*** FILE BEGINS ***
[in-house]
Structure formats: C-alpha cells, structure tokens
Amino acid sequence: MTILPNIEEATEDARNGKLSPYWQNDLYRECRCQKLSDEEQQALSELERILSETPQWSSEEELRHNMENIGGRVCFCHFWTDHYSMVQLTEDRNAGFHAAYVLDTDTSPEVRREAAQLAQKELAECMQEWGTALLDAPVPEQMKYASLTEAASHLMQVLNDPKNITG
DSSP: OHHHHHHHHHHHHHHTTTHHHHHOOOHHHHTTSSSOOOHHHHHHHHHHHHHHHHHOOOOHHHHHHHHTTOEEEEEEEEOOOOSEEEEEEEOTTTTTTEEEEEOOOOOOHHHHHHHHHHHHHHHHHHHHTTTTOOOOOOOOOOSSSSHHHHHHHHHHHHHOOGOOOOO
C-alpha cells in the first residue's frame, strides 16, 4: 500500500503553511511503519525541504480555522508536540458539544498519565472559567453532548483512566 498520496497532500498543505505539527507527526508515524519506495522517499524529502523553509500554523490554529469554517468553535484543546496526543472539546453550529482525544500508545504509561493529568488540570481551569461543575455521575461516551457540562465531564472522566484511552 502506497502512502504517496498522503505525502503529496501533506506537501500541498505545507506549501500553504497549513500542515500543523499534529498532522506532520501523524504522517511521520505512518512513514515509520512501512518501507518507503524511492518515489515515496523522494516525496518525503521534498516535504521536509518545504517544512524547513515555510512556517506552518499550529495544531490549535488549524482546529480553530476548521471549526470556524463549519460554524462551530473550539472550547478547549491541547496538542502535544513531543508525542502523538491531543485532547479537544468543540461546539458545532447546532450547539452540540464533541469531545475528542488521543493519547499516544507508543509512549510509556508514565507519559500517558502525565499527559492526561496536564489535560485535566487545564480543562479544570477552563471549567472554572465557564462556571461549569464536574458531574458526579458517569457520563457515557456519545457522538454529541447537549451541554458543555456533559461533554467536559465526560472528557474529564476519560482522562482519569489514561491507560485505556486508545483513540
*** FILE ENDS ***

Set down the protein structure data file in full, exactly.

[in-house]
Structure formats: C-alpha cells, structure tokens
Amino acid sequence: MTILPNIEEATEDARNGKLSPYWQNDLYRECRCQKLSDEEQQALSELERILSETPQWSSEEELRHNMENIGGRVCFCHFWTDHYSMVQLTEDRNAGFHAAYVLDTDTSPEVRREAAQLAQKELAECMQEWGTALLDAPVPEQMKYASLTEAASHLMQVLNDPKNITG
DSSP: OHHHHHHHHHHHHHHTTTHHHHHOOOHHHHTTSSSOOOHHHHHHHHHHHHHHHHHOOOOHHHHHHHHTTOEEEEEEEEOOOOSEEEEEEEOTTTTTTEEEEEOOOOOOHHHHHHHHHHHHHHHHHHHHTTTTOOOOOOOOOOSSSSHHHHHHHHHHHHHOOGOOOOO
C-alpha cells in the first residue's frame, strides 16, 4: 500500500503553511511503519525541504480555522508536540458539544498519565472559567453532548483512566 498520496497532500498543505505539527507527526508515524519506495522517499524529502523553509500554523490554529469554517468553535484543546496526543472539546453550529482525544500508545504509561493529568488540570481551569461543575455521575461516551457540562465531564472522566484511552 502506497502512502504517496498522503505525502503529496501533506506537501500541498505545507506549501500553504497549513500542515500543523499534529498532522506532520501523524504522517511521520505512518512513514515509520512501512518501507518507503524511492518515489515515496523522494516525496518525503521534498516535504521536509518545504517544512524547513515555510512556517506552518499550529495544531490549535488549524482546529480553530476548521471549526470556524463549519460554524462551530473550539472550547478547549491541547496538542502535544513531543508525542502523538491531543485532547479537544468543540461546539458545532447546532450547539452540540464533541469531545475528542488521543493519547499516544507508543509512549510509556508514565507519559500517558502525565499527559492526561496536564489535560485535566487545564480543562479544570477552563471549567472554572465557564462556571461549569464536574458531574458526579458517569457520563457515557456519545457522538454529541447537549451541554458543555456533559461533554467536559465526560472528557474529564476519560482522562482519569489514561491507560485505556486508545483513540